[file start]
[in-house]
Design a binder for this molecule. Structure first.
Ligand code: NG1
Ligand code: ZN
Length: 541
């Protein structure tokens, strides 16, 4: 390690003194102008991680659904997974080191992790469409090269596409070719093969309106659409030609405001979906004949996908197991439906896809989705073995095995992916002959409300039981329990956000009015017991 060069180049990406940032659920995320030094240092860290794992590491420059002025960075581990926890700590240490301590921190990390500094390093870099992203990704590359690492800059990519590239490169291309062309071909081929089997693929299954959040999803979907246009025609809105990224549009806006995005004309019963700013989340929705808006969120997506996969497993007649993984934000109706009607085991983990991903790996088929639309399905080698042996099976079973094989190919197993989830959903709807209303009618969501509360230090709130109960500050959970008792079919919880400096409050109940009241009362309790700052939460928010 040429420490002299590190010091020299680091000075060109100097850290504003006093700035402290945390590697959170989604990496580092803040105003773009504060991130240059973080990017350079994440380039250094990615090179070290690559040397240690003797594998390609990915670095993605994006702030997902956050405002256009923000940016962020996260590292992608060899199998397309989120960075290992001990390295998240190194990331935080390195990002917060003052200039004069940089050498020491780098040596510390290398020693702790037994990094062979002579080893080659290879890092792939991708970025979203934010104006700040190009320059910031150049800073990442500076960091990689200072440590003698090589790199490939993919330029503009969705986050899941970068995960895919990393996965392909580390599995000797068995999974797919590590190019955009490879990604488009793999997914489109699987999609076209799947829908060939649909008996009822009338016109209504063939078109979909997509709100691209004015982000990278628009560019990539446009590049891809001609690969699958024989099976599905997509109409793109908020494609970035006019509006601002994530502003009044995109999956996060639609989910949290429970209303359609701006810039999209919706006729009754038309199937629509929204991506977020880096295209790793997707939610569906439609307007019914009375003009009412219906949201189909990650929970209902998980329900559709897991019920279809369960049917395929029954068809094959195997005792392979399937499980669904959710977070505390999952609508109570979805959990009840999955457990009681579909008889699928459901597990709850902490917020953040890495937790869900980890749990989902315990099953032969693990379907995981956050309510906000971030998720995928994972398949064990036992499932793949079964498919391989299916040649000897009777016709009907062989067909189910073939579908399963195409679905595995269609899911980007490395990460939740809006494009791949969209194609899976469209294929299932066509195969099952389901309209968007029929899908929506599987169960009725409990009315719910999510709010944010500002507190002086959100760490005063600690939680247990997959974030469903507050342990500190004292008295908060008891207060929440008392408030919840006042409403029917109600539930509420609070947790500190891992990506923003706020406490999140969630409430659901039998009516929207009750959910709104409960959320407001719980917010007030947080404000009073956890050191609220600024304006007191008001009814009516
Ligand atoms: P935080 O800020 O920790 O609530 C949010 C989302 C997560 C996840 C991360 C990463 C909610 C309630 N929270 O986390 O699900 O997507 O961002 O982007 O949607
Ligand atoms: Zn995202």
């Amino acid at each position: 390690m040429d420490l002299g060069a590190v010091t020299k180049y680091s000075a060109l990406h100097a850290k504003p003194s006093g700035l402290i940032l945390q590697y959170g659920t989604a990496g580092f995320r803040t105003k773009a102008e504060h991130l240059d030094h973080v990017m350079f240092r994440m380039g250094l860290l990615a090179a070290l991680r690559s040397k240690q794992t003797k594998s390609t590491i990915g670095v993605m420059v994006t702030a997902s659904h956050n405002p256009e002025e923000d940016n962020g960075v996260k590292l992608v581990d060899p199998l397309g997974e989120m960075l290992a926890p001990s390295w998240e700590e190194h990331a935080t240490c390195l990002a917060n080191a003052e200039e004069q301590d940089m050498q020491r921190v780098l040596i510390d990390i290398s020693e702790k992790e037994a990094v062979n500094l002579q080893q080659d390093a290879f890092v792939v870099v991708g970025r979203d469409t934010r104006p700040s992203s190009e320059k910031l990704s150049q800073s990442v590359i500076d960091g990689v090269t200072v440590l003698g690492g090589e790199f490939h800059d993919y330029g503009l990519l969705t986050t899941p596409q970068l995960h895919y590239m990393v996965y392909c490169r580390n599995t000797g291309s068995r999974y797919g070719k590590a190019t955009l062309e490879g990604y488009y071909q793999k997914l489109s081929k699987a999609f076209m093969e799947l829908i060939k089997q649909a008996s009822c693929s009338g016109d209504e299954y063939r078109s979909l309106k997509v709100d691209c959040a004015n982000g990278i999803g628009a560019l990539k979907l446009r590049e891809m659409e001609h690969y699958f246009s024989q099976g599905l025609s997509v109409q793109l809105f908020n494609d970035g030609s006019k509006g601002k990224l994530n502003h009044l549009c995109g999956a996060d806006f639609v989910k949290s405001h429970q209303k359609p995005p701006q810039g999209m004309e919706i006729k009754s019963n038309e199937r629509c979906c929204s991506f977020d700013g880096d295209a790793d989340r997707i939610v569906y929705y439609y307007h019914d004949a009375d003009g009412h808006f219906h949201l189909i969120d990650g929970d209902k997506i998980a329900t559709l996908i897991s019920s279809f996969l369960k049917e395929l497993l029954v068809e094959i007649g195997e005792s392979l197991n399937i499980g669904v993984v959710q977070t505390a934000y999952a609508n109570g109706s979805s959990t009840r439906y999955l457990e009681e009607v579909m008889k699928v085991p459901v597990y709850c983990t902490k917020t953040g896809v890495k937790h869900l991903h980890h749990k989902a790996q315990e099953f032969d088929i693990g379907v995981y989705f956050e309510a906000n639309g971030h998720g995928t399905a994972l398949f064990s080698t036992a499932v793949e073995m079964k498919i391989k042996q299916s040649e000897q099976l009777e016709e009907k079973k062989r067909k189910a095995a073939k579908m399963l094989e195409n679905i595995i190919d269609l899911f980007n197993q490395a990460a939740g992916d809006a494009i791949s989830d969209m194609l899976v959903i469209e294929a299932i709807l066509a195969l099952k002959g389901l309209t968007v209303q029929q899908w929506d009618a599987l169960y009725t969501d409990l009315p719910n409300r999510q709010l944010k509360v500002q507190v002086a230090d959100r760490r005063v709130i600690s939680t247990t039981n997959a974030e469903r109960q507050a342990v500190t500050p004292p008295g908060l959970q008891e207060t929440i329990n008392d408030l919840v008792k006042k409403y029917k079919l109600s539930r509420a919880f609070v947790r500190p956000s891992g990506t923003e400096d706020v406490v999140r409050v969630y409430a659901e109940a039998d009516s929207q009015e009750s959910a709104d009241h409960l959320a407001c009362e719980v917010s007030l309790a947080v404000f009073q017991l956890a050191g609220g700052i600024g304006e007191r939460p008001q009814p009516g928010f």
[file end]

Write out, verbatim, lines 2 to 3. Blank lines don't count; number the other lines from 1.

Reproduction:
Design a binder for this molecule. Structure first.
Ligand code: NG1